Views on the integrity of global capital markets
10 November 2017

Counting Proxy Votes of Registered Shares Needs Modernizing

In a throwback to pre-digital Wall Street, it may take weeks or months to count the votes of registered shareholders in the proxy contest between Procter & Gamble (P&G) and activist investor Nelson Peltz of Trian Partners.

This situation has highlighted the mechanics of how proxy votes are counted in a contested corporate election, aptly explained by Rich Daly writing for Forbes in P&G Couldn’t Avoid The ‘Snake Pit.’ Better Tech, Verification Will Stop This in The Future (27 October 2017).

Daly, CEO of Broadridge Financial Solutions, explains the technology gulf between the counting of beneficial shares (held by institutional and retail investors in their bank custody and broker/dealer accounts, respectively) and the counting of registered shares (owned by corporate executives, directors, employees, and investors holding stock certificates).

In P&G’s case, the beneficial shares make up 94% of the total 2.6 billion shares outstanding and have already been counted by neutral third parties (including Broadridge). Meanwhile, the 200,000 contested ballots come from the pool of registered shares, which make up the remaining 6%.

These ballots are currently being scrutinized by the Inspector of Election, proxy solicitors from each side, and lawyers representing both P&G and Trian in a process Daley calls “painfully outdated and unnecessary.”

The counting of the beneficial shares of course is not the problem. It is the 6% of shares owned largely by company insiders and those holding stock certificates that are causing the hold up. Sure, this situation is rare and will not often repeat itself because the majority of all shares in the market are beneficial shares that can be counted in the blink of an eye.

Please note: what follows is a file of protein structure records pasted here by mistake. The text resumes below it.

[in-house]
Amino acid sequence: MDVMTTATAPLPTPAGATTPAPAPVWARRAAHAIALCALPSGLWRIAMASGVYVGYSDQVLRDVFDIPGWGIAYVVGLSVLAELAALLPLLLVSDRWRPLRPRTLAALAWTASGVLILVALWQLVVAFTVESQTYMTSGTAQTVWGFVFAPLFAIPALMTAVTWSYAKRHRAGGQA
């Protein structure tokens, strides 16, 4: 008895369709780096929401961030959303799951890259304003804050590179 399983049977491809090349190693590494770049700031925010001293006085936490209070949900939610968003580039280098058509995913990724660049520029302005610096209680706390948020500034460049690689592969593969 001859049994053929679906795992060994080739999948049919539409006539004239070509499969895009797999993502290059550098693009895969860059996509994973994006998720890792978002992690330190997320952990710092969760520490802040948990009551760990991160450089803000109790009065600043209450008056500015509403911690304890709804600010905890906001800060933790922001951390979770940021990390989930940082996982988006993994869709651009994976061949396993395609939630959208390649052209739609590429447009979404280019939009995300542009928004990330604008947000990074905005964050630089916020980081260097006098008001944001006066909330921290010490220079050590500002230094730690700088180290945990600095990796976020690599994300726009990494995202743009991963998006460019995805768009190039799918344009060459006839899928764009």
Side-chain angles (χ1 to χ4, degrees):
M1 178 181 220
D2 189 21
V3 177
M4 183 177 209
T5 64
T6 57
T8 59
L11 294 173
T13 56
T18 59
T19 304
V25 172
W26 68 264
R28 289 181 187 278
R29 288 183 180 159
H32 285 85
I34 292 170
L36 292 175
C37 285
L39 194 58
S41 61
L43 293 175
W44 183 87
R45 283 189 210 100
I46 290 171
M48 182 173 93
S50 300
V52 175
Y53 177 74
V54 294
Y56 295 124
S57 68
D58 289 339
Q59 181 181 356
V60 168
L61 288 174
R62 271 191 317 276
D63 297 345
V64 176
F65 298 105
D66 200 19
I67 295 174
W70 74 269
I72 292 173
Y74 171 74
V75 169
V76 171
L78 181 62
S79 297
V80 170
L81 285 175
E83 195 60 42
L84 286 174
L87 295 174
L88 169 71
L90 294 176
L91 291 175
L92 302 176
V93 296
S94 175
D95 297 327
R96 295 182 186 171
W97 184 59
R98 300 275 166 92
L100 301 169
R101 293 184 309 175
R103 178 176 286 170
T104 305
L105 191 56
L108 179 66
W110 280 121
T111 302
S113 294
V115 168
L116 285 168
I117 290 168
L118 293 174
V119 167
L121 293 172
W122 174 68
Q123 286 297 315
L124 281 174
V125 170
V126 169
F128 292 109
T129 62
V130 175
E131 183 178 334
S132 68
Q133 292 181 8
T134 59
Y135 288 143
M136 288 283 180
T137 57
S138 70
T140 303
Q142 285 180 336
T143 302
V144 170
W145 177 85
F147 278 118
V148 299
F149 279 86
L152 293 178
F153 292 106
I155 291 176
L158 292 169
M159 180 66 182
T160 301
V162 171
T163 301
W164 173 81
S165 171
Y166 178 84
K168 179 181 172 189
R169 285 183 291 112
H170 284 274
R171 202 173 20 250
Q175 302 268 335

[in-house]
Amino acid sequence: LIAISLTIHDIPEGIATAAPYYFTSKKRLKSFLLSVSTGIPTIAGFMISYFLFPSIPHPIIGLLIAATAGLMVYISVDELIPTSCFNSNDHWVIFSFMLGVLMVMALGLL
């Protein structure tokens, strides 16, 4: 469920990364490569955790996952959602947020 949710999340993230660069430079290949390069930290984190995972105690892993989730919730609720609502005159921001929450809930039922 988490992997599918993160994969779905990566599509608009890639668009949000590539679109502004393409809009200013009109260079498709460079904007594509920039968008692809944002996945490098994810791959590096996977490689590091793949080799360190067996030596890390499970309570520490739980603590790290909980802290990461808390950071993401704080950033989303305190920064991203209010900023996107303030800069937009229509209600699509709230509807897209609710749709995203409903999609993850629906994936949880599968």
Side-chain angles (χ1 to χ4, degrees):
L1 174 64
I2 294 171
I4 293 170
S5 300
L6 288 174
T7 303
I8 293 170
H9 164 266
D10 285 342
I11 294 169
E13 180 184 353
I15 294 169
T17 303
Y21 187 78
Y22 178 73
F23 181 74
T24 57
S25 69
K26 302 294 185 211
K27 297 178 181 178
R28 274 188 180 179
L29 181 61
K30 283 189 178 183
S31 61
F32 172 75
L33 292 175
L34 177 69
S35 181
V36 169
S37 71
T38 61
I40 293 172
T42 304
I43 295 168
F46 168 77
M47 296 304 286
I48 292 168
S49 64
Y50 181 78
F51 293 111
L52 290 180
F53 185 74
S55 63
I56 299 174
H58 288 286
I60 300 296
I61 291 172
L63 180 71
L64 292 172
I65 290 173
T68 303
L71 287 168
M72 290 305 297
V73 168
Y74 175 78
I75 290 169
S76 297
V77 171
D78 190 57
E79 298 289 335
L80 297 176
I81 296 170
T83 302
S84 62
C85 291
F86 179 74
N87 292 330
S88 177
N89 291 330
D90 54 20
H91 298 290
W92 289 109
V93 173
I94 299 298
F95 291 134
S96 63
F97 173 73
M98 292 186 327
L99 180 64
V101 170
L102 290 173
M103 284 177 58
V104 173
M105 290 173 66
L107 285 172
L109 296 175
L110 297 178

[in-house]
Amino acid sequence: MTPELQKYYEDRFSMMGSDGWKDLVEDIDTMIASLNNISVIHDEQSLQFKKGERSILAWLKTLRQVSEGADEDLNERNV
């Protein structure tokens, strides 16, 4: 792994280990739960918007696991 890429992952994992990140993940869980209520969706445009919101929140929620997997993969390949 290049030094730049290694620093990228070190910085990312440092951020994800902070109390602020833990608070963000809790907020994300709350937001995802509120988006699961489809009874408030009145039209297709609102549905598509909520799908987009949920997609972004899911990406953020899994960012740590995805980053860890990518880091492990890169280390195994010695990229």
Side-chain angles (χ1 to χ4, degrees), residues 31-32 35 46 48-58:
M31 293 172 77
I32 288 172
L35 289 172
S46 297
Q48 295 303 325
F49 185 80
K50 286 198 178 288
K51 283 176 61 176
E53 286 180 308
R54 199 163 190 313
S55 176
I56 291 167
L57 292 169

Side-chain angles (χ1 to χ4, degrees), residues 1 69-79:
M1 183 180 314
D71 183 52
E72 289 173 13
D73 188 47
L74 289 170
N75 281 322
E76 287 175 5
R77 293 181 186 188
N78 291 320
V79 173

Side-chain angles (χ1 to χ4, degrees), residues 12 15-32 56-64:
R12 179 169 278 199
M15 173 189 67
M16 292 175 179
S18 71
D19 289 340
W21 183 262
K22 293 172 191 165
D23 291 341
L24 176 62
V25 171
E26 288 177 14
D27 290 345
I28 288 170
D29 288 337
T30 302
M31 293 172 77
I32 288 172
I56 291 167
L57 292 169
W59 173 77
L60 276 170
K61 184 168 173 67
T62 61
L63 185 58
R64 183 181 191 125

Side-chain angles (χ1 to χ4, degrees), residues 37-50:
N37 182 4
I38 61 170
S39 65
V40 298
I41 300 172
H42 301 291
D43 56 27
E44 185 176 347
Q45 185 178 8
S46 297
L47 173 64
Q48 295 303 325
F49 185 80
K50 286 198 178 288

How Could This Happen in the Digital Age?

Read the following paragraph from Daly’s article and try not to roll your eyes:

Each side hires its own proxy solicitors to mail and gather the votes of registered shareholders. The proxy solicitors for each side then present their respective results to an independent Inspector of Election. When the outcome of the election is close, as it is with P&G, and the votes of registered shareholders will determine the final outcome, the Inspector of Election must reconcile the often contradictory results it has been given. That means that every one of the reported 200,000 contested ballots is being scrutinized by the Inspector, proxy solicitors from each side and lawyers representing both P&G and Trian. This contentious and expensive process can include comparing multiple ballots from the same shareholder cast on different dates, with signatures and dates often in dispute. That is the snake pit.

Surely it is time to take these votes out of the hands of proxy solicitors who can hold them hostage for their own purposes.

Do we have the technology to do this?

We do.

Why don’t we do it then? Because there are special interests involved who benefit from the use of an antiquated system. This is bad corporate governance and bad for both issuers and investors.

Let’s change it.

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Photo Credit: ©Getty Images/Dave and Les Jacobs

About the Author(s)
Matt Orsagh, CFA, CIPM

Matt Orsagh, CFA, CIPM, is a director of capital markets policy at CFA Institute, where he focuses on corporate governance issues. He was named one of the 2008 “Rising Stars of Corporate Governance” by the Millstein Center for Corporate Governance and Performance at the Yale School of Management.

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